The surging Utah Jazz could also use Miles’ hypothetical outside shot. The Jazz are currently 20th in three point percentage and are stretched thin in the backcourt courtesy of the mid-season injury bug. The addition of Kyle Korver has caffeinated their sleepy offense, Miles could round out a quality bench unit in need of another player or two. However, it would require both Thabo Sefolosha and Ekpe Udoh’s expiring contract to facilitate a trade. This would be unappealing for the Raptors as their roster already currently sits at the maximum 15 players.

In equally unexciting fashion, the Raptors could look towards sellers with little incentive to win anytime soon. Enter the Atlanta Hawks. There might as well be a ‘for sale’ sign attached to every Hawks player’s jersey not named Trae Young or John Collins.

Miles and two second rounders for the expiring Dewayne Dedmon frees up future cap space and shores the frontcourt depth. Dedmon would immediately slide into a ‘B-grade’ Serge Ibaka small ball center, while Miles will not inject a sudden shot of wins into the tanking Hawks. Ujiri and co. similarly unloaded Demarre Carroll onto a rebuilding squad two seasons ago, which was a far rougher contract than Miles’ current cap hit. This did cost a first and a second rounder as a result.

If the Memphis Grizzlies continue their precipitous fall then the Raptors could feast on the carcasses of their expiring contracts. Stretch forward JaMychal Green’s improved trade value may exceed the potential Raptors offers, however a like-for-like swap between Miles and guard Garrett Temple is feasible. Temple is unspectacularly solid, while Grizzlies GM Chris Wallace should be desperately looking to acquire draft picks in exchange for the limited assets at his disposal. The combination of chaos and desperation wafting from the Grizzlies front office will no doubt lure Ujiri into discussions.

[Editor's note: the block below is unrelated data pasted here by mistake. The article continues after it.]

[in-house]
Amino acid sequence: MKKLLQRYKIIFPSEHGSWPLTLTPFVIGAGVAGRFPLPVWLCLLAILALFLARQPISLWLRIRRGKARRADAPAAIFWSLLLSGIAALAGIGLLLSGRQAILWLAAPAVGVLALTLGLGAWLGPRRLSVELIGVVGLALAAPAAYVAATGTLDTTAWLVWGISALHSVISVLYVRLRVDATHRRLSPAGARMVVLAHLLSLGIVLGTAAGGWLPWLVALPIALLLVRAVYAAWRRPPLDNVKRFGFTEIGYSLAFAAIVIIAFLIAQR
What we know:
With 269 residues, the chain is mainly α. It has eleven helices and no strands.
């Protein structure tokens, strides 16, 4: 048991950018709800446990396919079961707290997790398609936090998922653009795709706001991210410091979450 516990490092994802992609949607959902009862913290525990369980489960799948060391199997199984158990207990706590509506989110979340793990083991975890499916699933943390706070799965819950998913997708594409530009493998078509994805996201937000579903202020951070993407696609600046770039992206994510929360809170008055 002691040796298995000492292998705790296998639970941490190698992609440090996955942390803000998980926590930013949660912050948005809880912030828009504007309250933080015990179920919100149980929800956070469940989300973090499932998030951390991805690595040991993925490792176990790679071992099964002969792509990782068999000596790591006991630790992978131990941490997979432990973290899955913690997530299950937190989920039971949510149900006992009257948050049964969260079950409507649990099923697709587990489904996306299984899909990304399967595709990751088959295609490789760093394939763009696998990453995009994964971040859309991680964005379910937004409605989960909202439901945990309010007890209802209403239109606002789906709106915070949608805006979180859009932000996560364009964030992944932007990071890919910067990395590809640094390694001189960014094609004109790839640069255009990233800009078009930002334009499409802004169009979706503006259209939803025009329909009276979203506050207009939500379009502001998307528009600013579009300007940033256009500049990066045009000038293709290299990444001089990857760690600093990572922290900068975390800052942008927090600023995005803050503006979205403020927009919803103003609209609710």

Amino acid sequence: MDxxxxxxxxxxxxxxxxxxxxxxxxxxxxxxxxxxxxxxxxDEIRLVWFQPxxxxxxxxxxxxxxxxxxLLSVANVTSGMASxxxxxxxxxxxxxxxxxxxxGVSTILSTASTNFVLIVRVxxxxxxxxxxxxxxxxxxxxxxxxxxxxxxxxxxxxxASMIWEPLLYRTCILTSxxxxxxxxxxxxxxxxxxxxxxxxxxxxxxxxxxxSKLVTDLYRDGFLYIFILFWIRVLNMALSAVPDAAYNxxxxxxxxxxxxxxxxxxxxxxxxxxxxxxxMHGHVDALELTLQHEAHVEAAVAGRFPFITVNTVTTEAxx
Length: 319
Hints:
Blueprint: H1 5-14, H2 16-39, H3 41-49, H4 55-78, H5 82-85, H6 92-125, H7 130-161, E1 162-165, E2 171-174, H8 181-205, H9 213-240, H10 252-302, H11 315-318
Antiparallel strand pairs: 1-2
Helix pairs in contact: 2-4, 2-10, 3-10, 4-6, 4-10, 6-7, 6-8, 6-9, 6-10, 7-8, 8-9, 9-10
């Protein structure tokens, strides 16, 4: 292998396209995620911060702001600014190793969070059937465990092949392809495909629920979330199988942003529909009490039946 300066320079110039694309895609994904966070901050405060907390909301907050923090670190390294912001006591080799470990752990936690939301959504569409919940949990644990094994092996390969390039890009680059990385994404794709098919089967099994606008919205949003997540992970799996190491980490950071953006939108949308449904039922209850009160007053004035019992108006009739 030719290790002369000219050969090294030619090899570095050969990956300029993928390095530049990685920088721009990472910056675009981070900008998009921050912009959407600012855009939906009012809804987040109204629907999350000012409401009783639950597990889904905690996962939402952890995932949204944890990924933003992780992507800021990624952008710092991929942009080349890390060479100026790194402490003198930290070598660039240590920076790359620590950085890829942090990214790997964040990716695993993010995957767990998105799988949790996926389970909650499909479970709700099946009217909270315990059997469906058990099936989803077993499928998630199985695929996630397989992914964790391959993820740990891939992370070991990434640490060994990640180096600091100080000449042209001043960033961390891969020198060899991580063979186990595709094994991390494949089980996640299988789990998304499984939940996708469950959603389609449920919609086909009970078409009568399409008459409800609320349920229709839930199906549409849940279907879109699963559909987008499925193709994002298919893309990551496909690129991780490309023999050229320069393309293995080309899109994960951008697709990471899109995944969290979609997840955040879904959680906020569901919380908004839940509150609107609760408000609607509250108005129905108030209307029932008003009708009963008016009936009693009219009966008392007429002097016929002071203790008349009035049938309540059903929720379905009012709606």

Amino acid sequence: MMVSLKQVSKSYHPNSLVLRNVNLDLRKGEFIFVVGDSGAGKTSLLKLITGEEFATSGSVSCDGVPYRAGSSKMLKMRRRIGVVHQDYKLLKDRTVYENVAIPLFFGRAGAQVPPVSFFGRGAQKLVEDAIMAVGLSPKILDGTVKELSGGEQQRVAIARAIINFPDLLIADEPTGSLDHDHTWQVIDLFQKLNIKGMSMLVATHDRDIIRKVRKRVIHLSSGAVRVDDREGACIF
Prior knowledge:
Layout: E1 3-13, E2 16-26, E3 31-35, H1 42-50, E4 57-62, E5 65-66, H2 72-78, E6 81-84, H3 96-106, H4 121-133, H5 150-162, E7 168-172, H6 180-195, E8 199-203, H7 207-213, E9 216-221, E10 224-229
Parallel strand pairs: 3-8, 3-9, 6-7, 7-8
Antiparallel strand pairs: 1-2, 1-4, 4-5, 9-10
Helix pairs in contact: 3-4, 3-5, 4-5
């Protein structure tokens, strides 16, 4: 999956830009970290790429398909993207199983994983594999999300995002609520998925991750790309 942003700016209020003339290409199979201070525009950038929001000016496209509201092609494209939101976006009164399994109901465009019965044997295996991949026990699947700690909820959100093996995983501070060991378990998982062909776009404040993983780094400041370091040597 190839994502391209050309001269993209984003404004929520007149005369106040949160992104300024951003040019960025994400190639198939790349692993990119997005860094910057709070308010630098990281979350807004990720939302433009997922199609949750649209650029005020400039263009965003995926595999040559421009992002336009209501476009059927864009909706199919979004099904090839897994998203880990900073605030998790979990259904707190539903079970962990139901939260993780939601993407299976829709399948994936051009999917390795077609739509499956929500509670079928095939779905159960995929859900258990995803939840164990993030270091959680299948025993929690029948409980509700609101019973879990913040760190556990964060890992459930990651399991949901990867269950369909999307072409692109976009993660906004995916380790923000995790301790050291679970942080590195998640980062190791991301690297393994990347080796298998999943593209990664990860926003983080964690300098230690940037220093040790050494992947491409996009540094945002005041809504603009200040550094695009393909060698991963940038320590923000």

An ideal Raptors trade would have involved Markieff Morris and the tanking/contending/who-the-heck-even-knows-what-is-happening Washington Wizards. Unfortunately, Morris’ neck injury has sidelined him for six weeks and may extinguish any flickers of trade potential.

Ultimately, the viability of a Miles trade rests on how the Raptors envision the present and the future. Currently, the Raps remain the likeliest Warriors opponent come this April and may not need to make drastic changes if they can maintain some health and continuity during the back stretch of the season. The presence of Kawhi Leonard has changed the air of inevitability that loomed over the franchise’s recent playoff runs.

There are whispers of blockbuster moves every trade deadline across the league, yet a smart exchange for Miles by February may set Toronto up for its most successful off-season ever.

(This is a guest post from Adam McQueen.)